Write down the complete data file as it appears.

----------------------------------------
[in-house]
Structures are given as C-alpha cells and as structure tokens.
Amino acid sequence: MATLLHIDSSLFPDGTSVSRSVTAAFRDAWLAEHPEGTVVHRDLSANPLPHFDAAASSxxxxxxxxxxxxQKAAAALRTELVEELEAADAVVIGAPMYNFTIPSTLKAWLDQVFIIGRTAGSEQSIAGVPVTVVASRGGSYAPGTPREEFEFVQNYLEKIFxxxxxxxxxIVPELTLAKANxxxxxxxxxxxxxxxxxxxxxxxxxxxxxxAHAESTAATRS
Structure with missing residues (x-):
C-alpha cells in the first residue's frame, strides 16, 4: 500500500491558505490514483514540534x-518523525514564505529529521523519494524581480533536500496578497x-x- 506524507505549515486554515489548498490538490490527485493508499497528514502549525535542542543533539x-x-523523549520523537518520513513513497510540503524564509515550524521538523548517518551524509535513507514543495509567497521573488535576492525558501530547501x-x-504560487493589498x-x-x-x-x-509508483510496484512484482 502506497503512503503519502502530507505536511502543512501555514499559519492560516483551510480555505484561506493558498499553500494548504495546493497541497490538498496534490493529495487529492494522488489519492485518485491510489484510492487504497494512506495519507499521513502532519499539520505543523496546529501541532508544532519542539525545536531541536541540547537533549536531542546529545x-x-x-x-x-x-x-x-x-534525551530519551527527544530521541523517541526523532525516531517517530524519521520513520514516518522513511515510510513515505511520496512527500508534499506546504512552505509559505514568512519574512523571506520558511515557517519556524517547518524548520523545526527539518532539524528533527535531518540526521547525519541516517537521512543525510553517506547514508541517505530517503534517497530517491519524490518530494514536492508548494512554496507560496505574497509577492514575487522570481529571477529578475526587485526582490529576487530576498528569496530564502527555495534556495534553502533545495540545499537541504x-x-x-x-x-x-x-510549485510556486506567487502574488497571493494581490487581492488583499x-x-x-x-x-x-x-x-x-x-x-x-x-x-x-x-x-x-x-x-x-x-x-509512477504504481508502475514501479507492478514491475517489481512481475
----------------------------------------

[in-house]
Structures are given as C-alpha cells and as structure tokens.
Amino acid sequence: MATLLHIDSSLFPDGTSVSRSVTAAFRDAWLAEHPEGTVVHRDLSANPLPHFDAAASSxxxxxxxxxxxxQKAAAALRTELVEELEAADAVVIGAPMYNFTIPSTLKAWLDQVFIIGRTAGSEQSIAGVPVTVVASRGGSYAPGTPREEFEFVQNYLEKIFxxxxxxxxxIVPELTLAKANxxxxxxxxxxxxxxxxxxxxxxxxxxxxxxAHAESTAATRS
Structure with missing residues (x-):
C-alpha cells in the first residue's frame, strides 16, 4: 500500500491558505490514483514540534x-518523525514564505529529521523519494524581480533536500496578497x-x- 506524507505549515486554515489548498490538490490527485493508499497528514502549525535542542543533539x-x-523523549520523537518520513513513497510540503524564509515550524521538523548517518551524509535513507514543495509567497521573488535576492525558501530547501x-x-504560487493589498x-x-x-x-x-509508483510496484512484482 502506497503512503503519502502530507505536511502543512501555514499559519492560516483551510480555505484561506493558498499553500494548504495546493497541497490538498496534490493529495487529492494522488489519492485518485491510489484510492487504497494512506495519507499521513502532519499539520505543523496546529501541532508544532519542539525545536531541536541540547537533549536531542546529545x-x-x-x-x-x-x-x-x-534525551530519551527527544530521541523517541526523532525516531517517530524519521520513520514516518522513511515510510513515505511520496512527500508534499506546504512552505509559505514568512519574512523571506520558511515557517519556524517547518524548520523545526527539518532539524528533527535531518540526521547525519541516517537521512543525510553517506547514508541517505530517503534517497530517491519524490518530494514536492508548494512554496507560496505574497509577492514575487522570481529571477529578475526587485526582490529576487530576498528569496530564502527555495534556495534553502533545495540545499537541504x-x-x-x-x-x-x-510549485510556486506567487502574488497571493494581490487581492488583499x-x-x-x-x-x-x-x-x-x-x-x-x-x-x-x-x-x-x-x-x-x-x-509512477504504481508502475514501479507492478514491475517489481512481475